Arnold, Rush Battle for Republican Party’s Soul

Arnold, Rush Battle for Republican Party’s Soul

I agree that this is the defining conversation for the conservative community: To what extent should there be compromise with Progressives.

A few nuggets:

…Rush closed with this telling summary: “The problem with that is the liberals and the Democrats aren’t going to punt their ideology, because it defines them. And so when we end up agreeing with them just to get compromise, even if the numbers they want aren’t as much as they wanted, we are still compromising our ideology. They are not.”

…Some candidates will refrain from laying out strong policies and will argue that the country urgently needs to come together to address long-run problems such as the entitlement programs that are headed for financial ruin. That can only be done, it will be argued, if Republicans are willing to compromise with Democrats.

…Others will describe explicit conservative policies — a flat tax and Social Security privatization, for example — and will passionately argue the merits of those reforms.

The compromisers will call the traditional conservatives unrealistic and ideological obstacles. The traditional conservatives will call the compromisers sellouts. The voters will have the difficult job of choosing between them.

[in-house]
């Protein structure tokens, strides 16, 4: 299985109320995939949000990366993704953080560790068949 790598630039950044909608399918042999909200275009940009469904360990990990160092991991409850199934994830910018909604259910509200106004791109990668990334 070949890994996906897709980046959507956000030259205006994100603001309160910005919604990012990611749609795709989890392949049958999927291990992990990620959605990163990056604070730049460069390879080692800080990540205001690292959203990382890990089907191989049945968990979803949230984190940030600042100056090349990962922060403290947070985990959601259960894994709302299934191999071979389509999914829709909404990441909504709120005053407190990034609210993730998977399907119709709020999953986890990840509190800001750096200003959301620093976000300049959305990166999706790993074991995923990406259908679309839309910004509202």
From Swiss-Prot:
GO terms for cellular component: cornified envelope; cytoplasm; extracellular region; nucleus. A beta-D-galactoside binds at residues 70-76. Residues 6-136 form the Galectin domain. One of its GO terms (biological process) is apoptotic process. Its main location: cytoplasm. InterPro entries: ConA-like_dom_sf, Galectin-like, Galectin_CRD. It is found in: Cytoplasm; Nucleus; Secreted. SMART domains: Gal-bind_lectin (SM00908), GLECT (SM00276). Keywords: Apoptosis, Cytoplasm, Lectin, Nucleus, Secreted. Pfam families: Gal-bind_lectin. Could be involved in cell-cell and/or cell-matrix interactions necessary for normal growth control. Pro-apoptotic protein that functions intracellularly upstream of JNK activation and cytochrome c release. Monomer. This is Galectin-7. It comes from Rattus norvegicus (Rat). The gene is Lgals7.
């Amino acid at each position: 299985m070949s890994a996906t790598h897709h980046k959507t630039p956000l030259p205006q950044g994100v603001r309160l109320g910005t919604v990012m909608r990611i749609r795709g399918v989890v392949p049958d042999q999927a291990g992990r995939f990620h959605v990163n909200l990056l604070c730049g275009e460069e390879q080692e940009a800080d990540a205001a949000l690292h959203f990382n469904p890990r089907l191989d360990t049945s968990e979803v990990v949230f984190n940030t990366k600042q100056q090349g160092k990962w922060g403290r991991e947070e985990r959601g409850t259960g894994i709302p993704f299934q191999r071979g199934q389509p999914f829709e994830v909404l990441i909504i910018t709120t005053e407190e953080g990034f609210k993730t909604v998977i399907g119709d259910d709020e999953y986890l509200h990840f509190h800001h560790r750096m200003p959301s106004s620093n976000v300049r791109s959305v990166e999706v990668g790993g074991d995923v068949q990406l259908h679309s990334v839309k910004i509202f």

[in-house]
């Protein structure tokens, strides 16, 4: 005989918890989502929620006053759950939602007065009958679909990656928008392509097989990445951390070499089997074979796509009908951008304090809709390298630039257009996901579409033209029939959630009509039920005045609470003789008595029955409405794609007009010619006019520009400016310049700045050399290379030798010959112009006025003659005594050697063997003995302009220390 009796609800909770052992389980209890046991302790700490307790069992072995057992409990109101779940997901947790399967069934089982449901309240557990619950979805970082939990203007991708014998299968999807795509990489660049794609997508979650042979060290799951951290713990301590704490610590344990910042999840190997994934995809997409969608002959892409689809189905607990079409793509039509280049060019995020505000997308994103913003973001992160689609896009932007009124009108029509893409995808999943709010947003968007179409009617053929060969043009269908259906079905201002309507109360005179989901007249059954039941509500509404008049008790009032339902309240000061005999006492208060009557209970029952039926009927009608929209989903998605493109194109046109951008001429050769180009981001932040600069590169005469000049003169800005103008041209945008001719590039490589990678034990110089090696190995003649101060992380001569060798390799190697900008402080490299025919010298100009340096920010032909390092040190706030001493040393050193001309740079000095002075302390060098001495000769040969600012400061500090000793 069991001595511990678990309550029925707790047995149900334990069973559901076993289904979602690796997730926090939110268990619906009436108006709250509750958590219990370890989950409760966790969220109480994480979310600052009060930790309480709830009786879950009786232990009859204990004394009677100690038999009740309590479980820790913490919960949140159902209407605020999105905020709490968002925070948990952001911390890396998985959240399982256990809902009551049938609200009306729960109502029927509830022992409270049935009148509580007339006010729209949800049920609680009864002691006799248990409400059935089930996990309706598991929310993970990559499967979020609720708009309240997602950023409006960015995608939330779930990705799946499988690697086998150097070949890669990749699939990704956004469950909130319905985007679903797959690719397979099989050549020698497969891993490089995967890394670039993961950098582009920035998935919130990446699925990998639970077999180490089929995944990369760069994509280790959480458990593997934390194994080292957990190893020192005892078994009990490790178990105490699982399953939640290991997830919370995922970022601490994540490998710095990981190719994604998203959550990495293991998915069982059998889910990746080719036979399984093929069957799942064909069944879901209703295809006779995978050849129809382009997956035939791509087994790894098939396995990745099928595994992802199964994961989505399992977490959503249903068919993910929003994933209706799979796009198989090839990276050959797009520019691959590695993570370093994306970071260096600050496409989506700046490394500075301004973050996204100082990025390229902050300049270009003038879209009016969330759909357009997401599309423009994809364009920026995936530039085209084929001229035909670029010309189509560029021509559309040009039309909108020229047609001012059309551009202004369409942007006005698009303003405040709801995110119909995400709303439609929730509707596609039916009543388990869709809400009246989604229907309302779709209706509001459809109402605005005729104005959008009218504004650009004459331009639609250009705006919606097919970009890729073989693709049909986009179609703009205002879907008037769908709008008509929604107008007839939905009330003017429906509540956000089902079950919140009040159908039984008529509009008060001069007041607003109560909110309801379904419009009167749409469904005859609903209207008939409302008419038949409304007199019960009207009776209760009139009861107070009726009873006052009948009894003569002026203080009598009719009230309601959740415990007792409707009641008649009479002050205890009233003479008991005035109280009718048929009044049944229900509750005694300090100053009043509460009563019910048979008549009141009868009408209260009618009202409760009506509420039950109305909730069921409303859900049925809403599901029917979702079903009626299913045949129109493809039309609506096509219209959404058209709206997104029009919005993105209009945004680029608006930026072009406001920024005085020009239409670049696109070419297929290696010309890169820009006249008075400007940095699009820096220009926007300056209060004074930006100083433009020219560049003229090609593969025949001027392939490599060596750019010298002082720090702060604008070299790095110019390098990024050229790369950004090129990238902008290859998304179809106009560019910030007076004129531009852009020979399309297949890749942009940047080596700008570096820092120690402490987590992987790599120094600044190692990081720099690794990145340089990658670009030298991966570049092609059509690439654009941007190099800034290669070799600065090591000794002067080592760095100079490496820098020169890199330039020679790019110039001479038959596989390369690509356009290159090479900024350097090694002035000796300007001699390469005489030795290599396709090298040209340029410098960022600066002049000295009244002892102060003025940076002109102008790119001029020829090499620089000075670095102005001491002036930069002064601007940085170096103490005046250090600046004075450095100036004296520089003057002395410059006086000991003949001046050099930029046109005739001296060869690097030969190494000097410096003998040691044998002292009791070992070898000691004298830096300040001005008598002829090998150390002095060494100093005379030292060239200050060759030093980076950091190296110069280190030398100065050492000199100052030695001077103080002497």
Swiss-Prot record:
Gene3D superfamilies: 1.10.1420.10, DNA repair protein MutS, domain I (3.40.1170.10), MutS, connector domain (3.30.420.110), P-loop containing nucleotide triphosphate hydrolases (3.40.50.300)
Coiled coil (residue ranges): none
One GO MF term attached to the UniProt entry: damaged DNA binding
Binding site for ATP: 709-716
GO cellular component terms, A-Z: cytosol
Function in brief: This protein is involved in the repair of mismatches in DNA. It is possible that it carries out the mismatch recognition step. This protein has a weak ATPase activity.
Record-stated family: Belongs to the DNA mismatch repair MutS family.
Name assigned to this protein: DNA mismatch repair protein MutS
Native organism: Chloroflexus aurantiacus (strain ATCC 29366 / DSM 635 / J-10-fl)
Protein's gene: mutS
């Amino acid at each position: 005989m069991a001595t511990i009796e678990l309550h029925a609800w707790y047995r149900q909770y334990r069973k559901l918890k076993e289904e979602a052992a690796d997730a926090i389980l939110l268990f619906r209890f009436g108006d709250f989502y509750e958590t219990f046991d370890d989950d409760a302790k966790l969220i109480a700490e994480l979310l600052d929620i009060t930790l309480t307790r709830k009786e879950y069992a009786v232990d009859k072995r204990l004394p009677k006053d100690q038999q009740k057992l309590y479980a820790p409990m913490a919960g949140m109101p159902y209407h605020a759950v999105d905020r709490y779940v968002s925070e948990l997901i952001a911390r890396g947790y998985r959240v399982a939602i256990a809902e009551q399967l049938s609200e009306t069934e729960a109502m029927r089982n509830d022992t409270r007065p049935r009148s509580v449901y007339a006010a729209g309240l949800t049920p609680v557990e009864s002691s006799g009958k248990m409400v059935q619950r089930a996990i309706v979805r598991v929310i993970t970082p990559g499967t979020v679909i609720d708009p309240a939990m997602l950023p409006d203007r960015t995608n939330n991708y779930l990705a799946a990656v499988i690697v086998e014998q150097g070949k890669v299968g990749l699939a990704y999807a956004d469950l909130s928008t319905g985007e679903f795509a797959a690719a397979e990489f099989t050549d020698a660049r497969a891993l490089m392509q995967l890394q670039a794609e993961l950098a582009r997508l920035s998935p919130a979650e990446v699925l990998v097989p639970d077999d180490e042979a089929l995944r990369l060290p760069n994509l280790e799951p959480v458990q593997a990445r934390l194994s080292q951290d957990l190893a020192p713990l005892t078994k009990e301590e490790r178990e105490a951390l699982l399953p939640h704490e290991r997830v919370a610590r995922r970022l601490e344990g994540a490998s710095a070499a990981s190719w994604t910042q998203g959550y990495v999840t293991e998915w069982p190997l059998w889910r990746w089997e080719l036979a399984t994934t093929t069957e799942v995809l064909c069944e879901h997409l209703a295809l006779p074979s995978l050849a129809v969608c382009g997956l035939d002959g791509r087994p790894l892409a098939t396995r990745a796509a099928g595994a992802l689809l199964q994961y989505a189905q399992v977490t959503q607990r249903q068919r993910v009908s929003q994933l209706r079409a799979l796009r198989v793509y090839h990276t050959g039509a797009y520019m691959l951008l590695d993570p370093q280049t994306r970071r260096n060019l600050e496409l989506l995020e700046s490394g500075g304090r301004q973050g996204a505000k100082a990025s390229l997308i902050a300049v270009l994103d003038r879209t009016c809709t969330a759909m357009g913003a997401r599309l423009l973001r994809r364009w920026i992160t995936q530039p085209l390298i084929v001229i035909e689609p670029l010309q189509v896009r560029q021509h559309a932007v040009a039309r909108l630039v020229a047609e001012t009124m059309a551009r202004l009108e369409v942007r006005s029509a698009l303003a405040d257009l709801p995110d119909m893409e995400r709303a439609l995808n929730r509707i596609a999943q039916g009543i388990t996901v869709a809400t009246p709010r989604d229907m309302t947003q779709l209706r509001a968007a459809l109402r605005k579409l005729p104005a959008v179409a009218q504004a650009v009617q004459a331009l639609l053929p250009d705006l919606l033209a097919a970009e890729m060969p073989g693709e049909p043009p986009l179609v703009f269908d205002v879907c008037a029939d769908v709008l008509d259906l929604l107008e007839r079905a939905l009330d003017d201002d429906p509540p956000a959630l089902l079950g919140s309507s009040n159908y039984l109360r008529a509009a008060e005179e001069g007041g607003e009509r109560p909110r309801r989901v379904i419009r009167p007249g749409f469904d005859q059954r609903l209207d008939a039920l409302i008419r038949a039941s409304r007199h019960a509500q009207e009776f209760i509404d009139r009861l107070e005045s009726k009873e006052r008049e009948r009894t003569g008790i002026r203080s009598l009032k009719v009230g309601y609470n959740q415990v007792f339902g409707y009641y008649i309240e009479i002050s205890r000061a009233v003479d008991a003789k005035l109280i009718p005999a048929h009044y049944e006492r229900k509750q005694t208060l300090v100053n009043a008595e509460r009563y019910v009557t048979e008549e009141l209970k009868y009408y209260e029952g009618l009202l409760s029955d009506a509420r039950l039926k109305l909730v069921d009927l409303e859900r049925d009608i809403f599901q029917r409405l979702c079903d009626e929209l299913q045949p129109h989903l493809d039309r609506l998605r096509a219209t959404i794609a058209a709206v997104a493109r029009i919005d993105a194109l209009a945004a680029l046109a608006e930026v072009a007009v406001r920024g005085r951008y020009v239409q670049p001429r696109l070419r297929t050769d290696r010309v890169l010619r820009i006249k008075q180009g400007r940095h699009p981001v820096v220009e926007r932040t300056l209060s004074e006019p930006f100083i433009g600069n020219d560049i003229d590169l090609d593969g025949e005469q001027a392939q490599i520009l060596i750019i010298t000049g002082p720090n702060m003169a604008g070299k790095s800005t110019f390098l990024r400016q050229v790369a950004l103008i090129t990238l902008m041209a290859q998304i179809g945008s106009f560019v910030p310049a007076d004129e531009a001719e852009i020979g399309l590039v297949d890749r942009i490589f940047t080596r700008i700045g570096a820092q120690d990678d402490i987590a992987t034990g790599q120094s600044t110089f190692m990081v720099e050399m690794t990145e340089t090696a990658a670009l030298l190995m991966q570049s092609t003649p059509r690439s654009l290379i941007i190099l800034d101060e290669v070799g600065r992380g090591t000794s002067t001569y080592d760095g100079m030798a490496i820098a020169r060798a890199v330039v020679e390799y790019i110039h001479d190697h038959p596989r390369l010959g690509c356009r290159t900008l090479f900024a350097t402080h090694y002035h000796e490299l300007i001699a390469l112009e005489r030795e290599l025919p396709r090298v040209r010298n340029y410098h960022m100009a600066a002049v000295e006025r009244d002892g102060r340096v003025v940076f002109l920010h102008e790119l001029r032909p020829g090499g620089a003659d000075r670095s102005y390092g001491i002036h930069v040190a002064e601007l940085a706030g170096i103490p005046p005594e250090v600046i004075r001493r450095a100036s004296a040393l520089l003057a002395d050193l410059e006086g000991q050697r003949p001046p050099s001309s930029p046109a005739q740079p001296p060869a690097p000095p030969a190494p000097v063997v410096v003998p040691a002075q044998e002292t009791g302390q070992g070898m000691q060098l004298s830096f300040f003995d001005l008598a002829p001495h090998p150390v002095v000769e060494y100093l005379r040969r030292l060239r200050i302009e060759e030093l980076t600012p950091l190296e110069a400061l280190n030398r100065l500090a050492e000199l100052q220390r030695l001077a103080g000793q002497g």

I am all for the “sell outs” because from my point of view this is just a pejorative spin on the essential skill of politics to collaborate, compromise, moderate and move forward.

Ideologues are useless negotiating partners. What we witness on the international stage is no less different in domestic affairs.

         

Author: PAUL SILVER

Born 1950, Married, Living in Austin Texas, Semi Retired Small Business owner and investor. My political interest evolved out of his business experience that the best decisions come out of an objective gathering of information and a pragmatic consideration of costs and benefits. I am interested in promoting Centrist candidates and Policies. My posts are mostly about people and policies that I believe are part of the solution rather the problem.

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13 Comments

  1. Could we be witnessing Limbaughs “last throes”?

  2. I’d love to think that the Republican party was going to become one where Arnold as a typical example, but being that I’m hardly a republican, that’s no surprise. I can’t help but think that they can’t be the only two choices. Let’s be real, Arnold could pass as a moderate democrat as well as a moderate republican.